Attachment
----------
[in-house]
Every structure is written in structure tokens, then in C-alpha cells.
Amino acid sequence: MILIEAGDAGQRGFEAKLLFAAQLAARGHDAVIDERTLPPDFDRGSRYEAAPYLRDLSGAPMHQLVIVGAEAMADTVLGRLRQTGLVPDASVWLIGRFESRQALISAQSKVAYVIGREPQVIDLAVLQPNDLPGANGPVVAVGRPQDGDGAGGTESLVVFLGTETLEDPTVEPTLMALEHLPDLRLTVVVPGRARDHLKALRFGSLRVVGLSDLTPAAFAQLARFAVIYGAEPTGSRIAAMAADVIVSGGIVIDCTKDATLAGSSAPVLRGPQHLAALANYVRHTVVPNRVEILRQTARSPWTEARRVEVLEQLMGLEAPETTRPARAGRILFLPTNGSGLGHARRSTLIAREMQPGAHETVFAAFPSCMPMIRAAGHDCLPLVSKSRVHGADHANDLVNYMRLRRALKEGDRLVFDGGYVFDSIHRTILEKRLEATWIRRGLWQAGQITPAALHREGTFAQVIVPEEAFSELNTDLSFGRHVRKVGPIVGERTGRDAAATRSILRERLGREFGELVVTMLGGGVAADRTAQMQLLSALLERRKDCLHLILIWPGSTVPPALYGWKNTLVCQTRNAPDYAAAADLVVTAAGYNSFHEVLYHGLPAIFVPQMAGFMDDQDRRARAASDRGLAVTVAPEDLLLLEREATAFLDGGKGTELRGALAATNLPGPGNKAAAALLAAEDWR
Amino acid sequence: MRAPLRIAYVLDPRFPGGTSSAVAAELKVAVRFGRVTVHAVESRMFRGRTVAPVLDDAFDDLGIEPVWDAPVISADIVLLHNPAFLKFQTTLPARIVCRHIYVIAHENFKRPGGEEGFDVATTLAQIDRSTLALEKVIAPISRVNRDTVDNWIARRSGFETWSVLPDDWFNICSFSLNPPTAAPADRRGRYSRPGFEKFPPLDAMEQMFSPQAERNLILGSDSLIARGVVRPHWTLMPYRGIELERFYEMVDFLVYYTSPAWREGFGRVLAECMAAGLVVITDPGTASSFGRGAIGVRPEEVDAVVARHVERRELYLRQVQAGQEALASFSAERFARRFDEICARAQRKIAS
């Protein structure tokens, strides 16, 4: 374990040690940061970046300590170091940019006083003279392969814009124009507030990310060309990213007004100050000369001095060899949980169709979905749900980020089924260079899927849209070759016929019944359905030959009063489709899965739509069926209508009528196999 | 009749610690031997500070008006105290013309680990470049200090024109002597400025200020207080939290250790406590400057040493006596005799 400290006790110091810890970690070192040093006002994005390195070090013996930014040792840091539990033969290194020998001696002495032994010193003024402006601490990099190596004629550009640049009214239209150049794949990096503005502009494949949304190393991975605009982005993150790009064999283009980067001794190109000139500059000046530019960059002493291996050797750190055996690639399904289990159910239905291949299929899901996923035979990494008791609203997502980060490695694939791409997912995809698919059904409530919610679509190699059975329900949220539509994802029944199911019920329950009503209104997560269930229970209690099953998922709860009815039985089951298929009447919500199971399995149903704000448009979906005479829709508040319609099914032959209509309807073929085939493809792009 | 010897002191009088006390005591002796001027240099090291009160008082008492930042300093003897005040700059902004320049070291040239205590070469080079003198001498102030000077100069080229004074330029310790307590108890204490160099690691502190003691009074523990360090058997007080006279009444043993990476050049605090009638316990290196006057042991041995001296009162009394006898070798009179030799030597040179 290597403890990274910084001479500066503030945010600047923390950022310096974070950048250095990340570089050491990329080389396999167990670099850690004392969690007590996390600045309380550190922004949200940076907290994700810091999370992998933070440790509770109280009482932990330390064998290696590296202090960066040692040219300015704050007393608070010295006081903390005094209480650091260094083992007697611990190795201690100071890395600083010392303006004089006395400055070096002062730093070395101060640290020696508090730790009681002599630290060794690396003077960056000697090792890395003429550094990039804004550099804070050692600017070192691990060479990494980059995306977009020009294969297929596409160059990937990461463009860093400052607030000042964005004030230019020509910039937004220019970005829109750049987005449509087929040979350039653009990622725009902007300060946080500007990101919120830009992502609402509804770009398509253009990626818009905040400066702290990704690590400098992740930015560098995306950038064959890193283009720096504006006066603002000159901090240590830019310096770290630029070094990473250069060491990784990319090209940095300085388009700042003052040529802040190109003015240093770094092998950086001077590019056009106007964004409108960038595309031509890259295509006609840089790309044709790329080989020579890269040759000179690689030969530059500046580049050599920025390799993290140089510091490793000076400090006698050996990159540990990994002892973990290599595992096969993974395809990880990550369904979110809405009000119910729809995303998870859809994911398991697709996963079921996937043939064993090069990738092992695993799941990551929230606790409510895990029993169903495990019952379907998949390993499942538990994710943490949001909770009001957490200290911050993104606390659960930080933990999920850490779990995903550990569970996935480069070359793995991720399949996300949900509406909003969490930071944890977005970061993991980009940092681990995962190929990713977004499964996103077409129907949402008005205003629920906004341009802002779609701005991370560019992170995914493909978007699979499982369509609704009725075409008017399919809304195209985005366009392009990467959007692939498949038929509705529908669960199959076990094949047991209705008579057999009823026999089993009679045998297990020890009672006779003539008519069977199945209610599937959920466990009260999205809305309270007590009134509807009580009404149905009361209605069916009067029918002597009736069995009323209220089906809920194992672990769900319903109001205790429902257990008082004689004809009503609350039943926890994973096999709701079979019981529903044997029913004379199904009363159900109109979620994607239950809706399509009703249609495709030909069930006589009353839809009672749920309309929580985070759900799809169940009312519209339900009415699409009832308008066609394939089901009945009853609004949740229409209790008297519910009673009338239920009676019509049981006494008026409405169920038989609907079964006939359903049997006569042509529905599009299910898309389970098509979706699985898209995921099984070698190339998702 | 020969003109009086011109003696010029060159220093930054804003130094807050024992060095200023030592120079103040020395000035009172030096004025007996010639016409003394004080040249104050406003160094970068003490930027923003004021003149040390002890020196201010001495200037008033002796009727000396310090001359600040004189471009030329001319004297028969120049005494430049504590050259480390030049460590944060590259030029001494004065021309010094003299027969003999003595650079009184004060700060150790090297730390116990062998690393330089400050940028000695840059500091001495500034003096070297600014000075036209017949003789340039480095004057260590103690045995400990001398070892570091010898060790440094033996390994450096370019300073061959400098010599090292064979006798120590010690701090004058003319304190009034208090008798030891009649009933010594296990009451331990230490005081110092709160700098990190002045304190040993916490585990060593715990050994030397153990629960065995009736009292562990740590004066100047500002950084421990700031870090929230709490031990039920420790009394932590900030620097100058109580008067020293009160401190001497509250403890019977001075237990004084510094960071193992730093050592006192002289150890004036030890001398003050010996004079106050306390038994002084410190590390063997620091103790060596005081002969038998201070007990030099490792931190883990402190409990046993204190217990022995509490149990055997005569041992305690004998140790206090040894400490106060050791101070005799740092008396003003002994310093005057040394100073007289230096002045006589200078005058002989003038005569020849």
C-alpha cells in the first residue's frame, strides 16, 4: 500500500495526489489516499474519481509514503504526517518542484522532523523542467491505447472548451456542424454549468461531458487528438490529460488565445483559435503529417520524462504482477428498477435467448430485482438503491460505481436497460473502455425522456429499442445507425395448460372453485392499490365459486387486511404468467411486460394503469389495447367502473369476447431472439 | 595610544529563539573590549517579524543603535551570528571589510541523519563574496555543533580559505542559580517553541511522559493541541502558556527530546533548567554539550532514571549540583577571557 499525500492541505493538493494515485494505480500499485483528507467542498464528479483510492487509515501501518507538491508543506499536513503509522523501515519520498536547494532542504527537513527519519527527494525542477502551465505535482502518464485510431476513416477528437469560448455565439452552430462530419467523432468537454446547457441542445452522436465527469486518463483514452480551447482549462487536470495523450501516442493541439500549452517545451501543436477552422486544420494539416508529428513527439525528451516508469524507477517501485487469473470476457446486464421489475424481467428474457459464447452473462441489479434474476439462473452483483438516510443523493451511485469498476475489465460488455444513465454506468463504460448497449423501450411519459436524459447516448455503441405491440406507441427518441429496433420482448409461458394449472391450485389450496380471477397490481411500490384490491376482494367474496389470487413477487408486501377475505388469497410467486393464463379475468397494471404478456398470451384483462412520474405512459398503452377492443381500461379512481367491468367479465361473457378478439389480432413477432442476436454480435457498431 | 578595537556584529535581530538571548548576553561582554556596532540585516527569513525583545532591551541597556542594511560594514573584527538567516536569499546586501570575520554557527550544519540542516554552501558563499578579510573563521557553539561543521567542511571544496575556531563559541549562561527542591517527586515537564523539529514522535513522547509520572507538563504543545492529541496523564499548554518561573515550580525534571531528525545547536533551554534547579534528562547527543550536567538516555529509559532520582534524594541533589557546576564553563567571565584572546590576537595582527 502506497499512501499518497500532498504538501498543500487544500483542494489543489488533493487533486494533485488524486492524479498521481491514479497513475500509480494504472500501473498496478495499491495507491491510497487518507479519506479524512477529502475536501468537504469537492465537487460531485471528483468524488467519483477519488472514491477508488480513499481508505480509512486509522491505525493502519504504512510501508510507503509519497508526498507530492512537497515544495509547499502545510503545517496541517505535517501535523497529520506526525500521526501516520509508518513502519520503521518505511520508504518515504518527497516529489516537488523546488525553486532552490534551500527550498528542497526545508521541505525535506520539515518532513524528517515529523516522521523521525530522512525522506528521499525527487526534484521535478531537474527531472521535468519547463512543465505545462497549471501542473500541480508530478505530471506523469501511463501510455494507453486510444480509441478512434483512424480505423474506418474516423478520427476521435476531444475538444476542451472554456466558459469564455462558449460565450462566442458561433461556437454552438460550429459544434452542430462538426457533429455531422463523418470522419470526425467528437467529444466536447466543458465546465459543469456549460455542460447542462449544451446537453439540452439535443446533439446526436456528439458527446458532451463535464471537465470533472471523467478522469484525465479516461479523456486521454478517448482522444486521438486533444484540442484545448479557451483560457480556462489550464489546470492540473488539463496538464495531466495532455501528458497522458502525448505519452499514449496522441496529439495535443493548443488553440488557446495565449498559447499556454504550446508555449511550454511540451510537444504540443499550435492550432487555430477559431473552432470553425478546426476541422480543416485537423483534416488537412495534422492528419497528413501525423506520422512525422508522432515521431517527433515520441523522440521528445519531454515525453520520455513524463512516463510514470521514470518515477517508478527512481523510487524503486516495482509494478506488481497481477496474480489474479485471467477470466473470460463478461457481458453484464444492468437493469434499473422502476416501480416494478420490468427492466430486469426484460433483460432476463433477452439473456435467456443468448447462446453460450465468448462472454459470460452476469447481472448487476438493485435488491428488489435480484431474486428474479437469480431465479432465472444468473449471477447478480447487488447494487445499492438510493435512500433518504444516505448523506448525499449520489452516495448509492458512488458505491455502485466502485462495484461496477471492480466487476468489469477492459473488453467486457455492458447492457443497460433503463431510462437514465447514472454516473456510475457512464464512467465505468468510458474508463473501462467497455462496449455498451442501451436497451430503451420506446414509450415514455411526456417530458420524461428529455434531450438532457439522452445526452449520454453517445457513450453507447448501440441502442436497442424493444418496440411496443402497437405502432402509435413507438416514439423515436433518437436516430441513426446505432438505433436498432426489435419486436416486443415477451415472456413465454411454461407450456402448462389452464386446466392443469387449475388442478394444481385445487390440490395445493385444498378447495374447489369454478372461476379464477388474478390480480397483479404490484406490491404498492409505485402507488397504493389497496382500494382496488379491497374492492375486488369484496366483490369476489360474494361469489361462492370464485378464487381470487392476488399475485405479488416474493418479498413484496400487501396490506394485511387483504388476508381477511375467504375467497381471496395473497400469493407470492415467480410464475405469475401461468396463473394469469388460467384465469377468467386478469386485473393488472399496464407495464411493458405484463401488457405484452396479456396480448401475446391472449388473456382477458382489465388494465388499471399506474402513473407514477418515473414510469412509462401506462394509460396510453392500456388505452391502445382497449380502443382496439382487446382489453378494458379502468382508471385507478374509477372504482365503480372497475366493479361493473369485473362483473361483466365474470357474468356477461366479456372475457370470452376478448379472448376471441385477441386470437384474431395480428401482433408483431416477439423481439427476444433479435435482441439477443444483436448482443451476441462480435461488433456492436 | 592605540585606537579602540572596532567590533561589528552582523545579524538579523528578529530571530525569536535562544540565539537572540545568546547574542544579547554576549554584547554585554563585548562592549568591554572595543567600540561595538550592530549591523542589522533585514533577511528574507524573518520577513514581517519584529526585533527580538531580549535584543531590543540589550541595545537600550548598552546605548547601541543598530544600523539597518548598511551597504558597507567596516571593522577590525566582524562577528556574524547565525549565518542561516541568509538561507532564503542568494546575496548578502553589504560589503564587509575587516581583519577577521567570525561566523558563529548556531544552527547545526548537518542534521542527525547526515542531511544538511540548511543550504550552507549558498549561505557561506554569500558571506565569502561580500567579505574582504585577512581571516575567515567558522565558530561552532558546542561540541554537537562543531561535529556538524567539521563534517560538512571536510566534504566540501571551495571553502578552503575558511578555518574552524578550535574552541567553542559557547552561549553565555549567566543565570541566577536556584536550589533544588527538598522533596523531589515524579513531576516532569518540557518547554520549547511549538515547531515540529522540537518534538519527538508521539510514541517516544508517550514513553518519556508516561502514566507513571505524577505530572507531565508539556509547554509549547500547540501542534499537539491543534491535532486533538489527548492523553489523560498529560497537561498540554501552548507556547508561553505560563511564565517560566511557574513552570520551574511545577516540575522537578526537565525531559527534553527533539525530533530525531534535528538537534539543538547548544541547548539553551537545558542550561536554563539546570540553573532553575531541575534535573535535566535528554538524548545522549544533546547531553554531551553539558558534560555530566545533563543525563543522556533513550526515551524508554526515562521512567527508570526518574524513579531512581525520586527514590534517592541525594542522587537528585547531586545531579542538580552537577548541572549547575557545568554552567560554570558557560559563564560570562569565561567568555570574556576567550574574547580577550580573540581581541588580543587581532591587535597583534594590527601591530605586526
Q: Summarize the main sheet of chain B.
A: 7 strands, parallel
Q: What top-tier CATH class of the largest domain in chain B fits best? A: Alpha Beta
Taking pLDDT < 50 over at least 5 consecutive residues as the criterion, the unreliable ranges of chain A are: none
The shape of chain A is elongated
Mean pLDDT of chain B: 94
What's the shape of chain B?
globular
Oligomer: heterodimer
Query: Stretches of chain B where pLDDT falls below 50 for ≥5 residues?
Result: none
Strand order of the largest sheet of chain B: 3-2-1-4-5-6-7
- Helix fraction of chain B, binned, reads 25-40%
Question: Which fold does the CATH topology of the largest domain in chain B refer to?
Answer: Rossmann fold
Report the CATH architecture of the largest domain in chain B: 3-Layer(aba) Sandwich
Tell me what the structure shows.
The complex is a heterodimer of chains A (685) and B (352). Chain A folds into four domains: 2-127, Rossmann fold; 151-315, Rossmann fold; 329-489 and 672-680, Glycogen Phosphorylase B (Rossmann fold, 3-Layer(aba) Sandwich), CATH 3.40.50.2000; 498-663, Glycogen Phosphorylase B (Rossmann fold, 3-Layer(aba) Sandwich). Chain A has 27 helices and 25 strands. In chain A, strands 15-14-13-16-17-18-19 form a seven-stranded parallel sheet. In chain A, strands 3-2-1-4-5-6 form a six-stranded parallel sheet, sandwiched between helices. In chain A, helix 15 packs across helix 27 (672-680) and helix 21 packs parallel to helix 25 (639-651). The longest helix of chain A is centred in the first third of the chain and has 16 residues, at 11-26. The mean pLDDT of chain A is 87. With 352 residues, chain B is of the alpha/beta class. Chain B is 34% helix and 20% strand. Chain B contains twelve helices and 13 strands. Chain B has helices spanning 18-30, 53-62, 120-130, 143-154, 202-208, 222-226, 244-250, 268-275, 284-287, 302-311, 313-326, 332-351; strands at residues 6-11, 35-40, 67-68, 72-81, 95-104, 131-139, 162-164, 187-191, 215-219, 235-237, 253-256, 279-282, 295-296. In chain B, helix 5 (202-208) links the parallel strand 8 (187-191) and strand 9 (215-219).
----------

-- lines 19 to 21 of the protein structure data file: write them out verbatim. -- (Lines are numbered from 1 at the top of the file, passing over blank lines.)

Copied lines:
- Helix fraction of chain B, binned, reads 25-40%
Question: Which fold does the CATH topology of the largest domain in chain B refer to?
Answer: Rossmann fold